If this is beginning to seem more Tom and Jerry than Israel and Palestine to you, that’s okay, the situation is as ridiculous as it seems. Easily the greatest failing in judgment belongs to the UCI. What Pat McQuaid and the rest of the UCI staff have lost sight of is that there would be no need for the UCI without the races that make up its calendar. Had bike races such as the Tour de France (and for that matter, the ASO’s other events including Paris-Roubaix and Liege-Bastogne-Liege) not been founded, there would be no need for the UCI. The UCI gets to exist because there are bike races. This is not a chicken or egg issue.

In legal proceedings, this relationship is referred to as sine qua non: “Without which it could not be.” It is fair to wonder what bicycle racing would be had Liege-Bastogne-Liege not been first run in 1892. Another 8 years would pass before the UCI was founded in Paris.

Okay, so the ASO turned to the FFC to sanction the 2008 Tour de France. It seems unthinkable that the Tour won’t be run under the guidance of the UCI, but there it is. Weirder yet is that the UCI has called the ASO’s actions “deeply regrettable.”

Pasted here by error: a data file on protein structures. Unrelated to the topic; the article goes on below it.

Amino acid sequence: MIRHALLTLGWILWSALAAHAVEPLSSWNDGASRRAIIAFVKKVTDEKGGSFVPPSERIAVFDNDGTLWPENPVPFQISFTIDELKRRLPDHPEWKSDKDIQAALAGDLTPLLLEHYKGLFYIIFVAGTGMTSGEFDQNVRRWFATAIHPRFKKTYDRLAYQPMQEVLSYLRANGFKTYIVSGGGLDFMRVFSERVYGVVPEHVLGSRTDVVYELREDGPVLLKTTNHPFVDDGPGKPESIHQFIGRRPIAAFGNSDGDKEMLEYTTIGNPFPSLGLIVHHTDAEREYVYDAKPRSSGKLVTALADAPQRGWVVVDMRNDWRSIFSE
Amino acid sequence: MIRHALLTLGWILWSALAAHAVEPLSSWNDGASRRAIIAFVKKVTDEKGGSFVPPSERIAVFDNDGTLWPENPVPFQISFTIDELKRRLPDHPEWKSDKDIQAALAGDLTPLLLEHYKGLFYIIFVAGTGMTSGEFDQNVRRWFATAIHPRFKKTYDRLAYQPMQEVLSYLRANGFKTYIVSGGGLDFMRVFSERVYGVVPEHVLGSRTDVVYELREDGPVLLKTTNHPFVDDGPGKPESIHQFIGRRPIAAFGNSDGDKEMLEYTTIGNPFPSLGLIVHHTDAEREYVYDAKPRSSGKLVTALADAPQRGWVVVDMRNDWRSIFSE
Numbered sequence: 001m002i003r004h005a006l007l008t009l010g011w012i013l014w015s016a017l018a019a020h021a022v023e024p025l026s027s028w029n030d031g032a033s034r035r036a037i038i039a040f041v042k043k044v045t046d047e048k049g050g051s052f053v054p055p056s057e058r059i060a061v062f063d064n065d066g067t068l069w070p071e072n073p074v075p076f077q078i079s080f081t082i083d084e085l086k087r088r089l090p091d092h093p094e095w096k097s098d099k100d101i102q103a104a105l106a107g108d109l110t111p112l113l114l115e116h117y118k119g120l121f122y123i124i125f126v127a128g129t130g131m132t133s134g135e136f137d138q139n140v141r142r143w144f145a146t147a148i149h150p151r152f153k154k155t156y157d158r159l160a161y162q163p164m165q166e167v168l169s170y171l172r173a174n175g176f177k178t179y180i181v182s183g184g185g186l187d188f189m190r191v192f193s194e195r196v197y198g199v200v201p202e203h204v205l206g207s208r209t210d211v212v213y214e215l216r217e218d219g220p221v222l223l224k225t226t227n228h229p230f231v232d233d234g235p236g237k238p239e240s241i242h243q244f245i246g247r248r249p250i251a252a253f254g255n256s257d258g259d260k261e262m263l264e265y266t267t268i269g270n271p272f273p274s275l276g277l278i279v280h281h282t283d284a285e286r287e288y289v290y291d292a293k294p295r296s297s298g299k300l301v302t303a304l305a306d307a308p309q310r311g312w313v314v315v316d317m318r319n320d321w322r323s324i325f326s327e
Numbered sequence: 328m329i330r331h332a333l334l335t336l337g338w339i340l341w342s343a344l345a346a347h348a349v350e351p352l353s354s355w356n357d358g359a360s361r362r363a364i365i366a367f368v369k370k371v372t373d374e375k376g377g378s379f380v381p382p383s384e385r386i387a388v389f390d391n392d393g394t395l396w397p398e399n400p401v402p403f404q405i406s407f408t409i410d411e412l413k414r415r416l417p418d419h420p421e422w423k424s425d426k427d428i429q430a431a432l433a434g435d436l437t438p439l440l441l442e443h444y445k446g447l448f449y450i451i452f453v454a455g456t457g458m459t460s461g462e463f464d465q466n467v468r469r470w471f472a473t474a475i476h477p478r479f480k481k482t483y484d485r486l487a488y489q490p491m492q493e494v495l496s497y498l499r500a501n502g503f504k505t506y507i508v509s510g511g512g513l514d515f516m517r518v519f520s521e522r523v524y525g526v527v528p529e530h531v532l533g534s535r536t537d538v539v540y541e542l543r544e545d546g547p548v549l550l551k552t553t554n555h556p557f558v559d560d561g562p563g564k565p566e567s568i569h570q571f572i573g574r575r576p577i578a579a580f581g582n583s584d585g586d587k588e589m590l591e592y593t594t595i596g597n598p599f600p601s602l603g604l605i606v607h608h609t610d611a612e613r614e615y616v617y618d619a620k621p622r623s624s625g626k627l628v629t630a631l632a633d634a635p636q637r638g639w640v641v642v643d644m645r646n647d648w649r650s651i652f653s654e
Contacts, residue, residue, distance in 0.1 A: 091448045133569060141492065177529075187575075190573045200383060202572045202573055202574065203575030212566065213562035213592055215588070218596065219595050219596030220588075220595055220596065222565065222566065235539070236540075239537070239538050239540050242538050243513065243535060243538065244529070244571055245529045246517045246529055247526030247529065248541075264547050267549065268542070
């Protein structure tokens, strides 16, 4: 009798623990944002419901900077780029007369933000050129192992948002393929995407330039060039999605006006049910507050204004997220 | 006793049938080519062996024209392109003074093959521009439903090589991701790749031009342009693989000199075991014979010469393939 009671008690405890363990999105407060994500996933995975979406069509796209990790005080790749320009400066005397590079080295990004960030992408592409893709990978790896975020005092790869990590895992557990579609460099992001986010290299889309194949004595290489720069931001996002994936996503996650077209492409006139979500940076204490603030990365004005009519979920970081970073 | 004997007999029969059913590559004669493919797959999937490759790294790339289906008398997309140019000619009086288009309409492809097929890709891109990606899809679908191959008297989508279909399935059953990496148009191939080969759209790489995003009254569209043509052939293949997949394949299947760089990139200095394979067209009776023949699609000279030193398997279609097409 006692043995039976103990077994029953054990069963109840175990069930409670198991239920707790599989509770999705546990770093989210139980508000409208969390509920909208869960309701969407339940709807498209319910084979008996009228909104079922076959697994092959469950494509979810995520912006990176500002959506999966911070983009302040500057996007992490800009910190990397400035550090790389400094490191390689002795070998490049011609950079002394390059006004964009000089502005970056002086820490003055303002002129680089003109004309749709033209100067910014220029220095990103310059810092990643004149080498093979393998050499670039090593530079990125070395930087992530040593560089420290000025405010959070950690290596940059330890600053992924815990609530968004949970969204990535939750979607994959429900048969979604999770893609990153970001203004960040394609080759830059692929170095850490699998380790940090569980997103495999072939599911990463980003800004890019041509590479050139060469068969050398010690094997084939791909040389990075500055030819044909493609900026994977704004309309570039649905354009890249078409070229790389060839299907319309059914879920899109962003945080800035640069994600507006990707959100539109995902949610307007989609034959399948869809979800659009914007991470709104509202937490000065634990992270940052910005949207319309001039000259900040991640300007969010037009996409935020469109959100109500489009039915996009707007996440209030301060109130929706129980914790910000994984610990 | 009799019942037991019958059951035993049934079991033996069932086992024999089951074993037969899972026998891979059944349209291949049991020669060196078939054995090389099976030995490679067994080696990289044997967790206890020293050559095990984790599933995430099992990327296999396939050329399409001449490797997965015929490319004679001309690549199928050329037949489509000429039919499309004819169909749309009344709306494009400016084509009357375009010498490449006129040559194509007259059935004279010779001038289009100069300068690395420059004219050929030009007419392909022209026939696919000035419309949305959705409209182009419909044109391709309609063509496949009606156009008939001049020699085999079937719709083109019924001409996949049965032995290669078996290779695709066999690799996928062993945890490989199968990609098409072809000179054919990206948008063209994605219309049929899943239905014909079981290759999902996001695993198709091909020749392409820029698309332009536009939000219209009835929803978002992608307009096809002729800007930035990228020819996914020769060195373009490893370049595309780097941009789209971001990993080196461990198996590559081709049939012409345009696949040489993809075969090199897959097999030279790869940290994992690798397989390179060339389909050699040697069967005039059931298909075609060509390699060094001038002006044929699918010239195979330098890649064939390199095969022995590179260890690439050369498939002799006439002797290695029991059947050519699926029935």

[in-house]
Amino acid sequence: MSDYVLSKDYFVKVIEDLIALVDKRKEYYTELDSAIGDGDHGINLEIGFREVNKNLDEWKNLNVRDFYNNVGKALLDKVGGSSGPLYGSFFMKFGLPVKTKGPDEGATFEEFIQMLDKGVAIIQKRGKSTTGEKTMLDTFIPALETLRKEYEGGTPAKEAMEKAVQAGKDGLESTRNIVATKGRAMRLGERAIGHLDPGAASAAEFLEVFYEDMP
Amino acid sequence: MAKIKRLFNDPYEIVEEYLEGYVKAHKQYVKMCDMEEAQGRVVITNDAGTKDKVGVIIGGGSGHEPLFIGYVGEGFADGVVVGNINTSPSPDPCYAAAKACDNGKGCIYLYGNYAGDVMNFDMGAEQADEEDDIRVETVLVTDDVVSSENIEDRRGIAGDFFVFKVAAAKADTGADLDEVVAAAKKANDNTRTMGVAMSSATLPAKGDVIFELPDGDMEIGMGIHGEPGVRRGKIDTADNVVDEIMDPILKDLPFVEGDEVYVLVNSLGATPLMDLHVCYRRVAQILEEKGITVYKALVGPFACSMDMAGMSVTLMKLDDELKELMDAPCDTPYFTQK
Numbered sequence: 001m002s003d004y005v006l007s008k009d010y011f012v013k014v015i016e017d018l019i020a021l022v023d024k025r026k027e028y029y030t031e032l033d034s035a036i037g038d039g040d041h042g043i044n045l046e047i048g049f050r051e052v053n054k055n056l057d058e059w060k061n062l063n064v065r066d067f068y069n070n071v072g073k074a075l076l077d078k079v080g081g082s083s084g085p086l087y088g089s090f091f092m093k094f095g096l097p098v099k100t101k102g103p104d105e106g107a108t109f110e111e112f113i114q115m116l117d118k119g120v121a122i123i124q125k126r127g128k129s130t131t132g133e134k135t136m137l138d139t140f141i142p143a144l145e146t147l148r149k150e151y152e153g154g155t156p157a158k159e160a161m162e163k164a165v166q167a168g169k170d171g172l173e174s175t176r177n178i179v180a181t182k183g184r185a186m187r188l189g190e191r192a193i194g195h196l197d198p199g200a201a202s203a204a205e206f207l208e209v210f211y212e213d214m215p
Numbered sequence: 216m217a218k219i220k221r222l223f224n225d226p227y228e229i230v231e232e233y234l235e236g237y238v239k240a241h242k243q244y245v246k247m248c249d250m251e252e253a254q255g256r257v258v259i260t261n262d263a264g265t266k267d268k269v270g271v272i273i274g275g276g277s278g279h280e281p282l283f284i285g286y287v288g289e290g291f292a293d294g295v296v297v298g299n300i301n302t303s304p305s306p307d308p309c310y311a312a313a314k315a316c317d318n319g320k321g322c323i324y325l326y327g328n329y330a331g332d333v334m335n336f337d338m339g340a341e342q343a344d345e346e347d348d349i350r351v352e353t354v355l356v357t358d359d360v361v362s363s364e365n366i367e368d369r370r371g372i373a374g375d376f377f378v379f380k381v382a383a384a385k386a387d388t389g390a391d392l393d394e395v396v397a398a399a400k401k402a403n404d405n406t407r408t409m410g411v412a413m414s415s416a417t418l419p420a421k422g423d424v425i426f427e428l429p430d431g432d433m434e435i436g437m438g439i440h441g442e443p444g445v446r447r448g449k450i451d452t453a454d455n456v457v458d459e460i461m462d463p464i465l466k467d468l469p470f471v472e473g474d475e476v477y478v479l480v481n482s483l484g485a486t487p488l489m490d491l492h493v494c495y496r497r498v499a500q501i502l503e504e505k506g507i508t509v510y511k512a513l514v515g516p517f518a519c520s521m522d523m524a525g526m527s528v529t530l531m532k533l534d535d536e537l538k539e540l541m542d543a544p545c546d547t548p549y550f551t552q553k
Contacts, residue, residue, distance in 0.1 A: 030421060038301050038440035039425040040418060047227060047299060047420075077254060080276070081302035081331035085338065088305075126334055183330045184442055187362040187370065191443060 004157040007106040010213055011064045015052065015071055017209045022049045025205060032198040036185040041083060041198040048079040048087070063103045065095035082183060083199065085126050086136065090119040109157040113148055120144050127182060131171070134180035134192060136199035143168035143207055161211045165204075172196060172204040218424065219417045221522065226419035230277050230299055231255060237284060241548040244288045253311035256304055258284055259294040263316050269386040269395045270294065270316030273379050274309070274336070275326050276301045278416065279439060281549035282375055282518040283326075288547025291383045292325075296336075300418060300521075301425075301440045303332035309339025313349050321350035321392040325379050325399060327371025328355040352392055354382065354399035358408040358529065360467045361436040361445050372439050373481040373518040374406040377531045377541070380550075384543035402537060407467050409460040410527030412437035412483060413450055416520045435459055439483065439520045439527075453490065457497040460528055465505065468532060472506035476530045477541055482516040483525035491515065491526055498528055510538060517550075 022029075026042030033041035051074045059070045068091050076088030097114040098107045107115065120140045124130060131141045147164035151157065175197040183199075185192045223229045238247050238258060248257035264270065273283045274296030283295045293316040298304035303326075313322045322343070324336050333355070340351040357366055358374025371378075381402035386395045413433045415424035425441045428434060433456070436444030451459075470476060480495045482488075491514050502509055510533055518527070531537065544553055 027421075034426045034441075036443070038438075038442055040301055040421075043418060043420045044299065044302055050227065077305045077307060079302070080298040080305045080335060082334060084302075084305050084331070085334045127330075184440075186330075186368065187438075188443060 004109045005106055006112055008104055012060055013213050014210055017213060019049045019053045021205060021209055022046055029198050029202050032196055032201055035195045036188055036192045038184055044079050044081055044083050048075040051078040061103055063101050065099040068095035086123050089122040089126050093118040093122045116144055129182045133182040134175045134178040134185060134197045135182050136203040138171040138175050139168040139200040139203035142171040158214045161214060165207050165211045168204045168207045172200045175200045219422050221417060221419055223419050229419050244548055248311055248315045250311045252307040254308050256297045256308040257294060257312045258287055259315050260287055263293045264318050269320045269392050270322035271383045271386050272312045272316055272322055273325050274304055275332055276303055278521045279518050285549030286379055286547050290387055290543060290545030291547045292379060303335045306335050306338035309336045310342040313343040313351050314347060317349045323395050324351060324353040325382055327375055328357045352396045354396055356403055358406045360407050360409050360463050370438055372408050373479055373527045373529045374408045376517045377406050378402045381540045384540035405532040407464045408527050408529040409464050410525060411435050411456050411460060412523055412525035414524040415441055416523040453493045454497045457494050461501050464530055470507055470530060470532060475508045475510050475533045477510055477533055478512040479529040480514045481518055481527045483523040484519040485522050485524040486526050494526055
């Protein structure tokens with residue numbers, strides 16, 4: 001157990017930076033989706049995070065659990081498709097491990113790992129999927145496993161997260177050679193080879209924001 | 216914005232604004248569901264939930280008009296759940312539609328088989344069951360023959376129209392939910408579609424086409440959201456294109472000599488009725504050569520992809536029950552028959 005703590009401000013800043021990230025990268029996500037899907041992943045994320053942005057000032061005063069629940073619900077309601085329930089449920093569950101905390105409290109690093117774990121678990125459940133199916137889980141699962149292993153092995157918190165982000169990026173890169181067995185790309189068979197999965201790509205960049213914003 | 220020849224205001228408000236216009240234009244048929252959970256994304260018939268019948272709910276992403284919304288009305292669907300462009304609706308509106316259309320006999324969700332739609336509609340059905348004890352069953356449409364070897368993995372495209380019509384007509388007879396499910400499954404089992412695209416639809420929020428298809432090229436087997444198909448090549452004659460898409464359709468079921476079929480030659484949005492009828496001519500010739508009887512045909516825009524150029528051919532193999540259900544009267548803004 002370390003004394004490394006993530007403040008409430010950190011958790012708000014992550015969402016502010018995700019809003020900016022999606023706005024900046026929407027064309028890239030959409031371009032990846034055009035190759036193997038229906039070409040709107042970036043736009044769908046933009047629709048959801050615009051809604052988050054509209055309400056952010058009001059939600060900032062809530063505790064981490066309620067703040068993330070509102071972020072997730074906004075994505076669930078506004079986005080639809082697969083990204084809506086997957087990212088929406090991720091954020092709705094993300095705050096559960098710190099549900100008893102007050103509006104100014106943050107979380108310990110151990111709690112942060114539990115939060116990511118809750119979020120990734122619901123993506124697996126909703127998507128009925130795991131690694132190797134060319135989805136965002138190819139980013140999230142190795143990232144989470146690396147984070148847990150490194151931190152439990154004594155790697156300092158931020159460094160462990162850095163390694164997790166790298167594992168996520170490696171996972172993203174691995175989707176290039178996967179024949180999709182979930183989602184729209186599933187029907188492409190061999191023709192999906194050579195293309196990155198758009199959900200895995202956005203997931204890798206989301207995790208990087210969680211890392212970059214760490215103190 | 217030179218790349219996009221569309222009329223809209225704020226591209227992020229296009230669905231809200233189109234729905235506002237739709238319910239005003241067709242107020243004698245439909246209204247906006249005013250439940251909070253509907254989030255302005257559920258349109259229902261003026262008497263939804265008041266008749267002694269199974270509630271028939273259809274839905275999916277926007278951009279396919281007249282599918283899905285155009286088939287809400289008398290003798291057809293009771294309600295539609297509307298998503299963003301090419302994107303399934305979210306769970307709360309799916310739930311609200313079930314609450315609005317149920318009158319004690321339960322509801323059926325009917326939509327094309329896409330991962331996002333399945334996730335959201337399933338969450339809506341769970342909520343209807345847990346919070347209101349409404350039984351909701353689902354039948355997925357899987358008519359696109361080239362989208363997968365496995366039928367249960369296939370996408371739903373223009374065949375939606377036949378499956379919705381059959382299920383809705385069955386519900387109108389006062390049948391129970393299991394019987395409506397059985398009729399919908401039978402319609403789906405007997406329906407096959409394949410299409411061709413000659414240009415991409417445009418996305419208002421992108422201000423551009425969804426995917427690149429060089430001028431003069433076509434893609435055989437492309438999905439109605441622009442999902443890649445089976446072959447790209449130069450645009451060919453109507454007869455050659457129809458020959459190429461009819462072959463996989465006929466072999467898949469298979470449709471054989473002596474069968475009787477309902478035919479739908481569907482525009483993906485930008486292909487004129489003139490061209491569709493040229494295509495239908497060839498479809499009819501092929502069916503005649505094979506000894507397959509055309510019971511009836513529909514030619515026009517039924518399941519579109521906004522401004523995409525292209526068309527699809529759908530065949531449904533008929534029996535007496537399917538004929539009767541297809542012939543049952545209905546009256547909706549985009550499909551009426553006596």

In the annals of passive-aggressive memos, this deserves to go down as a doozy. One does not regret the actions of another. One regrets one’s own actions. For anyone to consider an action on the part of another as regrettable what they are suggesting is that the other party will come to regret their actions. That is a classic passive-aggressive challenge. We expect this sort of language to be used in mafia movies: You can just hear Marlon Brando saying, "I find your actions deeply regrettable."